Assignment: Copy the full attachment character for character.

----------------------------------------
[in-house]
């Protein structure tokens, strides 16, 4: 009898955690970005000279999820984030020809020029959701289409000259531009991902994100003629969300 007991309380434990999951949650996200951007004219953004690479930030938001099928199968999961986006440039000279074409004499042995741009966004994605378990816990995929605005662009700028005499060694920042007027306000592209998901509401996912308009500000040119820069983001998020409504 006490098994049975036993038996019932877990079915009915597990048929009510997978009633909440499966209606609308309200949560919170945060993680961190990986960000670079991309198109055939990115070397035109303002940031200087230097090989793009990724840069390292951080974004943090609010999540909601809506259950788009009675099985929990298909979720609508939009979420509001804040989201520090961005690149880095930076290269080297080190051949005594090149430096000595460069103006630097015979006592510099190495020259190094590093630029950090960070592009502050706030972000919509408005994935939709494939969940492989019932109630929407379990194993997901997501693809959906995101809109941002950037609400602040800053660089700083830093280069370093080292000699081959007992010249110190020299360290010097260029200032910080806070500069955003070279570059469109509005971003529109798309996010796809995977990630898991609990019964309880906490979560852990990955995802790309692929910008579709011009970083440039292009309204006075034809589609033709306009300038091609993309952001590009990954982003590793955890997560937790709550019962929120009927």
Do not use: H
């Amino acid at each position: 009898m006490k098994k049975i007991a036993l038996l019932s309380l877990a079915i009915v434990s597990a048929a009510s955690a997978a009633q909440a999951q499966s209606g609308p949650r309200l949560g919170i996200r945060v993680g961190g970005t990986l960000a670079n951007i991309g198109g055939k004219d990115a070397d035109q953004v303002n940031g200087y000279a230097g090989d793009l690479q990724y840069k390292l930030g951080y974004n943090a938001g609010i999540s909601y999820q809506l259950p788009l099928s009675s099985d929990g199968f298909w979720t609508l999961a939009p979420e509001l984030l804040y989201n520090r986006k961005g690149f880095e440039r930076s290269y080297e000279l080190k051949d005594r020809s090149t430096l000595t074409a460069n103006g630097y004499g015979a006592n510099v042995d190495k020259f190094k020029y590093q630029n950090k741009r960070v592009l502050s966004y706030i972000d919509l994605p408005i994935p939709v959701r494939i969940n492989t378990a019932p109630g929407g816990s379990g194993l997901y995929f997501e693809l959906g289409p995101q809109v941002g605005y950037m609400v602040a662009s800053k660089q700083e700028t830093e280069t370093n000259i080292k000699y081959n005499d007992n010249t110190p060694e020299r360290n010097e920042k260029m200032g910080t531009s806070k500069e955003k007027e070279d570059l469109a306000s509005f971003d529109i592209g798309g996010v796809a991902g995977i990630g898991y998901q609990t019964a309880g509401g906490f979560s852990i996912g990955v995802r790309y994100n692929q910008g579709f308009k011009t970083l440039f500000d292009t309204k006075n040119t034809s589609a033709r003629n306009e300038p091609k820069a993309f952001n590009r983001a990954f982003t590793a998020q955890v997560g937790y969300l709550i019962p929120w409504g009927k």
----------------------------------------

[in-house]
């Protein structure tokens, strides 16, 4: 009898955690970005000279999820984030020809020029959701289409000259531009991902994100003629969300 007991309380434990999951949650996200951007004219953004690479930030938001099928199968999961986006440039000279074409004499042995741009966004994605378990816990995929605005662009700028005499060694920042007027306000592209998901509401996912308009500000040119820069983001998020409504 006490098994049975036993038996019932877990079915009915597990048929009510997978009633909440499966209606609308309200949560919170945060993680961190990986960000670079991309198109055939990115070397035109303002940031200087230097090989793009990724840069390292951080974004943090609010999540909601809506259950788009009675099985929990298909979720609508939009979420509001804040989201520090961005690149880095930076290269080297080190051949005594090149430096000595460069103006630097015979006592510099190495020259190094590093630029950090960070592009502050706030972000919509408005994935939709494939969940492989019932109630929407379990194993997901997501693809959906995101809109941002950037609400602040800053660089700083830093280069370093080292000699081959007992010249110190020299360290010097260029200032910080806070500069955003070279570059469109509005971003529109798309996010796809995977990630898991609990019964309880906490979560852990990955995802790309692929910008579709011009970083440039292009309204006075034809589609033709306009300038091609993309952001590009990954982003590793955890997560937790709550019962929120009927």
Do not use: H
């Amino acid at each position: 009898m006490k098994k049975i007991a036993l038996l019932s309380l877990a079915i009915v434990s597990a048929a009510s955690a997978a009633q909440a999951q499966s209606g609308p949650r309200l949560g919170i996200r945060v993680g961190g970005t990986l960000a670079n951007i991309g198109g055939k004219d990115a070397d035109q953004v303002n940031g200087y000279a230097g090989d793009l690479q990724y840069k390292l930030g951080y974004n943090a938001g609010i999540s909601y999820q809506l259950p788009l099928s009675s099985d929990g199968f298909w979720t609508l999961a939009p979420e509001l984030l804040y989201n520090r986006k961005g690149f880095e440039r930076s290269y080297e000279l080190k051949d005594r020809s090149t430096l000595t074409a460069n103006g630097y004499g015979a006592n510099v042995d190495k020259f190094k020029y590093q630029n950090k741009r960070v592009l502050s966004y706030i972000d919509l994605p408005i994935p939709v959701r494939i969940n492989t378990a019932p109630g929407g816990s379990g194993l997901y995929f997501e693809l959906g289409p995101q809109v941002g605005y950037m609400v602040a662009s800053k660089q700083e700028t830093e280069t370093n000259i080292k000699y081959n005499d007992n010249t110190p060694e020299r360290n010097e920042k260029m200032g910080t531009s806070k500069e955003k007027e070279d570059l469109a306000s509005f971003d529109i592209g798309g996010v796809a991902g995977i990630g898991y998901q609990t019964a309880g509401g906490f979560s852990i996912g990955v995802r790309y994100n692929q910008g579709f308009k011009t970083l440039f500000d292009t309204k006075n040119t034809s589609a033709r003629n306009e300038p091609k820069a993309f952001n590009r983001a990954f982003t590793a998020q955890v997560g937790y969300l709550i019962p929120w409504g009927k």